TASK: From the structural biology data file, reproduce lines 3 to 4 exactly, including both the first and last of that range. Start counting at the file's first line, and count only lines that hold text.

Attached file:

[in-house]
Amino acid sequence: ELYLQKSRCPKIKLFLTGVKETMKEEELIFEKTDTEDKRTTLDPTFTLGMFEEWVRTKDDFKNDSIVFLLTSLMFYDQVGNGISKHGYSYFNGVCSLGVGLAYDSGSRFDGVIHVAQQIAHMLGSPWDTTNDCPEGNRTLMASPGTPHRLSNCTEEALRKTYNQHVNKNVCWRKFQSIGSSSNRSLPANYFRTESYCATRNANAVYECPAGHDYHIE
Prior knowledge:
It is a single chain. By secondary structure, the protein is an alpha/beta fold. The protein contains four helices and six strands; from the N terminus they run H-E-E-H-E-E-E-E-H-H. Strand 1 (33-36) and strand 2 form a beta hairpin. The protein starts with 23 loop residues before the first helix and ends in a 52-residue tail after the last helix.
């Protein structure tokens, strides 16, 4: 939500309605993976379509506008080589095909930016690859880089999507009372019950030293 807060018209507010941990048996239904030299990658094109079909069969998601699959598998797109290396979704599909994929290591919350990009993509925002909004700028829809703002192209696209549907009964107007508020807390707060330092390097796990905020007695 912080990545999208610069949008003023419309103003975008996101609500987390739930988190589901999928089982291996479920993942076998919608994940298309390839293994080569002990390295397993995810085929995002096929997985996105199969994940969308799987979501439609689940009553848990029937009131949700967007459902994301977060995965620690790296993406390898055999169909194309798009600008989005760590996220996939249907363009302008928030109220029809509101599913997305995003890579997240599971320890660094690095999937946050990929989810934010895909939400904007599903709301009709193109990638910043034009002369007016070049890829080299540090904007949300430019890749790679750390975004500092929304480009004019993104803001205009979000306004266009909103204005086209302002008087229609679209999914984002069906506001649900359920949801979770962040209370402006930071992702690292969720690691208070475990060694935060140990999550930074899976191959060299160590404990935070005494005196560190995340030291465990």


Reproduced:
Prior knowledge:
It is a single chain. By secondary structure, the protein is an alpha/beta fold. The protein contains four helices and six strands; from the N terminus they run H-E-E-H-E-E-E-E-H-H. Strand 1 (33-36) and strand 2 form a beta hairpin. The protein starts with 23 loop residues before the first helix and ends in a 52-residue tail after the last helix.